By Michael Hurley, CBS Boston
BOSTON (CBS) — Sometimes, when the NFL schedule is released in mid-April, we think we know a thing or two about which games will be the good ones. And sometimes, we end up being correct.
Such is the case this week, as a game that was circled on many calendars back in April is finally here. And though the win-loss records of the 9-1 Patriots and 6-4 Cowboys may appear to present a significant mismatch, an upset by the visiting team is very much on the table.
Of course, at the same time, Jason Garrett is going on the road to a place where most teams crumble. And the memory of the Cowboys’ flop in the Meadowlands against the Jets remains fresh on everyone’s minds.
So, really, anything is on the table. But isn’t that the way of life in the NFL?
For now, we’ll do our best to spotlight some areas that will assuredly play a factor in the outcome of Sunday’s game.
Strength Vs. (Relative) Weakness
The Patriots’ defense? Overall, it’s phenomenal. But specifically the run defense? It’s not great.
While a single number doesn’t tell an entire story, the fact is that the Patriots allow 4.63 yards per rush, which ranks 24th in the NFL. That’s not hurting them, as they’re still holding opponents under 100 rushing yards per game, though that can be attributed largely to the Patriots’ owning large leads in the majority of their games.
Flipping it around, the Cowboys are — as you might expect — quite good at running the football. They rank seventh in the NFL with an average of … 4.63 yards per rush, the exact same number that the Patriots allow. At just a tick under 132 yards per game, the Cowboys rank seventh in the NFL in rushing yards per game. Ezekiel Elliott (833 rushing yards) has done the bulk of that damage, though Tony Pollard’s averaged nearly 5 yards per carry on the year. QB Dak Prescott has proven elusive too, with his 193 rushing yards on 33 carries (5.8-yard average) this season.
Adding to that, the Cowboys ranks first in the NFL with 24.6 first downs per game. Take it all together, and the Patriots’ defense will have to come ready to disrupt a potent rushing attack if they hope to keep the Cowboys from controlling the pace of this game.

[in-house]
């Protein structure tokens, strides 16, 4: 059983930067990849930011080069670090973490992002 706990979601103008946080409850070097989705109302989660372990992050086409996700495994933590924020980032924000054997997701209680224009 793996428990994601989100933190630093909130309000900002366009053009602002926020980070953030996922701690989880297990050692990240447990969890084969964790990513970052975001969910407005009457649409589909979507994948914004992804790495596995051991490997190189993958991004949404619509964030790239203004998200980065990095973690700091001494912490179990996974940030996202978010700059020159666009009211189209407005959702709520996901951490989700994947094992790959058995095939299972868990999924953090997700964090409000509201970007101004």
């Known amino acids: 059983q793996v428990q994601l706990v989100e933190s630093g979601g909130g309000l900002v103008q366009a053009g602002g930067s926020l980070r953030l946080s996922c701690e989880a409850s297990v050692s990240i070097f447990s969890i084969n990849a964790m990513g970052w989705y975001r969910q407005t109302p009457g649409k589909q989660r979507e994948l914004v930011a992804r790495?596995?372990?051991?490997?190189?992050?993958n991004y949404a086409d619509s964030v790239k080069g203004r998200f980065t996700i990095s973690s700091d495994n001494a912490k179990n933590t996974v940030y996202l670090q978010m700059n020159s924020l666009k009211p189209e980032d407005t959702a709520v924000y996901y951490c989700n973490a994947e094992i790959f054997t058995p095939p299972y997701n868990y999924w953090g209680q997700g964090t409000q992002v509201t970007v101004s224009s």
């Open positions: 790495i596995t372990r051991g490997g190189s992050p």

Can Brady and McDaniels Conjure Some Magic?
In case you haven’t been following too closely, the Patriots’ offense has been strugg-a-ling. They’ve averaged just 320 yards per game over their last four games, and their scoring output has steadily decreased each week for the past five games. That’s led to a week spent analyzing Tom Brady’s feelings.
While nothing should ever be ruled as impossible when it comes to Brady and Josh McDaniels, it does seem fair to say that it would be inadvisable to anticipate the Patriots’ offense will snap out of its funk this week.
For one, the Cowboys have a very good defense. They rank seventh in total defense, seventh in pass defense, and third in third-down defense. They rank ninth in red zone defense as well, and that’s been a major area of concern for the Patriots’ offense.
On top of that, the Patriots appear to be walking into Sunday’s game with a limp. Mohamed Sanu almost certainly won’t play due to his ankle injury, and Phillip Dorsett’s ability will be unknown until he’s actually on the field, as he’ll be just one week removed from suffering a concussion. If he can’t play (or can’t play effectively, or has to leave early), the Patriots will be left to lean on Julian Edelman, Jakobi Meyers and N’Keal Harry at receiver.
If there is a positive route the Patriots can take, it may be on the ground. Though the Patriots’ run game has been a mess (their 3.31 yards per rush ranks 30th in the NFL), the return of Isaiah Wynn could help them against a Cowboys defense that ranks in the middle of the pack in rushing yards. Opponents have rushed for over 100 yards against Dallas in seven of their 10 games this season. Take Leighton Vander Esch out of the mix, too, and there should be some opportunity for the Patriots to run the ball.